World shares are on the rise and the dollar is experiencing losses as investors anticipate the end of a global rate hike cycle. This follows benign inflation readings in the United States and Europe. The MSCI world equity index, which tracks shares in 49 countries, rose 0.5 percent to its highest level since mid-September. This positive session was observed in Europe and Asia, with China announcing stimulus measures.
The pan-European STOXX 600 index also saw gains of 0.6 percent after data revealed that British inflation had cooled more than expected in October. This news impacted sterling and reinforced the belief that the Bank of England will cut rates by mid-2024. Carlo Franchini, head of institutional clients at Banca Ifigest in Milan, expressed optimism, stating, “Good weather seems to be back. The market is starting to price in the possibility of rate cuts in the United States and also in Europe.”
The Office for National Statistics reported that the British consumer price index rose by 4.6 percent in the 12 months to October, which is a slowdown from September’s 6.7 percent increase. Additionally, inflation in Italy and France receded to annual growth rates of 1.8 percent and 4.5 percent respectively last month.
In the United States, data showed that headline consumer prices were flat in October, contrary to expectations of a 0.1 percent rise. Core Consumer Price Index (CPI) came in at 0.2 percent, below the forecast of 0.3 percent. Naka Matsuzawa, Nomura’s chief macro strategist, commented on this development, stating, “I think the CPI number has just pushed the last person to cover their shorts.”
The dollar experienced a slump following the softer U.S. inflation print, with the dollar index standing at 104.17, not far from its two-month low of 103.98. Interest rate futures now indicate the likelihood of an interest rate cut by the U.S. Federal Reserve as early as May. Furthermore, 10-year Treasury yields dropped by 19 basis points on Tuesday, the most significant one-day drop since March. However, they rebounded by 3 basis points to 4.47 percent. Ten-year German bond yields remained relatively stable.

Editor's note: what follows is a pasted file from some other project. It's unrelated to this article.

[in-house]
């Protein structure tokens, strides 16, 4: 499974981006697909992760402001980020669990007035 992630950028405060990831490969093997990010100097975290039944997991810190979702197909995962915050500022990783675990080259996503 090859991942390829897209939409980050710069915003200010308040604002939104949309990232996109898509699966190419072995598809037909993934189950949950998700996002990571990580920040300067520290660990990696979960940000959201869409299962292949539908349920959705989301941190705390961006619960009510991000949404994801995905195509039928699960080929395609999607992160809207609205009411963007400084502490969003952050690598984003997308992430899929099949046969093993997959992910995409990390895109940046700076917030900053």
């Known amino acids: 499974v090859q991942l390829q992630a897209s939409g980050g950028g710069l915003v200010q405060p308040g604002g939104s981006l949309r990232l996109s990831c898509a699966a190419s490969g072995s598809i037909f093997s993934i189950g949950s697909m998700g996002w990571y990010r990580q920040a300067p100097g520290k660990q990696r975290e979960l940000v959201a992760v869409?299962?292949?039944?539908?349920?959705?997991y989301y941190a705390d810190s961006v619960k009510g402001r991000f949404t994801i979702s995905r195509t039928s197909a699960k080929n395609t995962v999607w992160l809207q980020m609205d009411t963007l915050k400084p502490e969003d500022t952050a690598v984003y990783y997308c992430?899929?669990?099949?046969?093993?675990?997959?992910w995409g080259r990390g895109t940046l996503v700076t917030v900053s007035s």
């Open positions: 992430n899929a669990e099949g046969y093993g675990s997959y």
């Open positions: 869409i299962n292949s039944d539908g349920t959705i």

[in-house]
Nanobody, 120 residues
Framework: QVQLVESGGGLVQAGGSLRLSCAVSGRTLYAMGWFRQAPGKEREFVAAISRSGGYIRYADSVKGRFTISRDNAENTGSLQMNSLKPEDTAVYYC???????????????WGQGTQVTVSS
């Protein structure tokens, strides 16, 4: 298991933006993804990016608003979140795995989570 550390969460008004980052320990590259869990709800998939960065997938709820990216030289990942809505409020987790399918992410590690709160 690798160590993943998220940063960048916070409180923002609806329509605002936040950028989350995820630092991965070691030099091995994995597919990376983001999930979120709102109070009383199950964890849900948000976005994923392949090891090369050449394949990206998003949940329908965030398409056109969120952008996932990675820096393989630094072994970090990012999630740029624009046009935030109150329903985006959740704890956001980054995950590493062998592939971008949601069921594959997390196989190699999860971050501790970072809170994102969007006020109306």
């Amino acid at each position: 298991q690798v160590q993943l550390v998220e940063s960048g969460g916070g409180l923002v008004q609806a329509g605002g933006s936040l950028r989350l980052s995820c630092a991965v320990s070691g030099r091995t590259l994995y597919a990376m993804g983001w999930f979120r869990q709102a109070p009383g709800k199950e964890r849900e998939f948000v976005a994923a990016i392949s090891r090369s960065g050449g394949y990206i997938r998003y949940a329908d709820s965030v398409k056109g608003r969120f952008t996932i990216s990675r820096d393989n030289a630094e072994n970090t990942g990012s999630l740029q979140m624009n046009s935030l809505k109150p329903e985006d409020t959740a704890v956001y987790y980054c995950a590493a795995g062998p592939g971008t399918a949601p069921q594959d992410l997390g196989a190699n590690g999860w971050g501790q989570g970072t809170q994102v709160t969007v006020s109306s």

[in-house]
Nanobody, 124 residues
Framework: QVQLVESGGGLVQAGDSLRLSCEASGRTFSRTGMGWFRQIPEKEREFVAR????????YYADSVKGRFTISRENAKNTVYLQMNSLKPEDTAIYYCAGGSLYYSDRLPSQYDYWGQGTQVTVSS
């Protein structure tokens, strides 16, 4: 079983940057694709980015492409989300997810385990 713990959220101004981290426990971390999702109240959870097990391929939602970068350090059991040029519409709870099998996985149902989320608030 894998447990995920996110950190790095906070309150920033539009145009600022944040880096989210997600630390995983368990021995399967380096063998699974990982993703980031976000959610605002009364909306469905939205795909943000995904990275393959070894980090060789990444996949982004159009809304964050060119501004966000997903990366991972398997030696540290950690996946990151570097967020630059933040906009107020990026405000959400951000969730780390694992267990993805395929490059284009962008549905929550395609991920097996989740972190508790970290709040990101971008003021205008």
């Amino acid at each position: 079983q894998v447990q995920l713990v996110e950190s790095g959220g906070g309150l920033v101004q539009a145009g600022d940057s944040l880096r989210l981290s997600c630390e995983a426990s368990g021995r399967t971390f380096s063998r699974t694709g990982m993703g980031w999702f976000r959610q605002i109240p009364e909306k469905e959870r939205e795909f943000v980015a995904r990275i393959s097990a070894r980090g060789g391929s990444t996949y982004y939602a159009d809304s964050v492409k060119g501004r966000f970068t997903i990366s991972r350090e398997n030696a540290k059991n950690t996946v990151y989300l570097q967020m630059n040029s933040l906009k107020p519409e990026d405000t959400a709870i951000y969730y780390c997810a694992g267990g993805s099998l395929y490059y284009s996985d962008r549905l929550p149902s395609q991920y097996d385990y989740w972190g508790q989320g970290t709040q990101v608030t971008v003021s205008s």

Attention now turns to U.S. retail sales data and an expected meeting between U.S. President Joe Biden and Chinese President Xi Jinping in San Francisco. Sterling slid by 0.3 percent to $1.246 due to the cooler inflation print, which partially reversed Tuesday’s surge against a falling dollar. London stocks performed well, rising by 0.9 percent. The euro also saw a slight decrease of approximately 0.2 percent against the dollar.
China provided further cause for market optimism with its strong industrial output and retail sales data. MSCI’s broadest index of Asia-Pacific shares outside Japan rose by 2.7 percent, hitting its highest level since mid-September. The Hang Seng in Hong Kong recorded a nearly 4 percent increase as mainland property developers rallied by over 5 percent. China’s retail sales rose by 7.6 percent in October, although this may have been influenced by the Golden Week holiday at the beginning of the month. Despite this positive news, real estate remains in decline, with investment down 9.3 percent year-on-year.
London copper prices also benefited from the weaker dollar and the expectation of more stimulus in China, remaining near a five-week peak. Furthermore, iron ore rallied to a 2-1/2 year high in Shanghai, rising by 0.7 percent. Brent crude futures experienced a reversal, trading down by 0.36 percent at $82.17 a barrel.
More detail via www.theepochtimes.com here… ( Image via www.theepochtimes.com )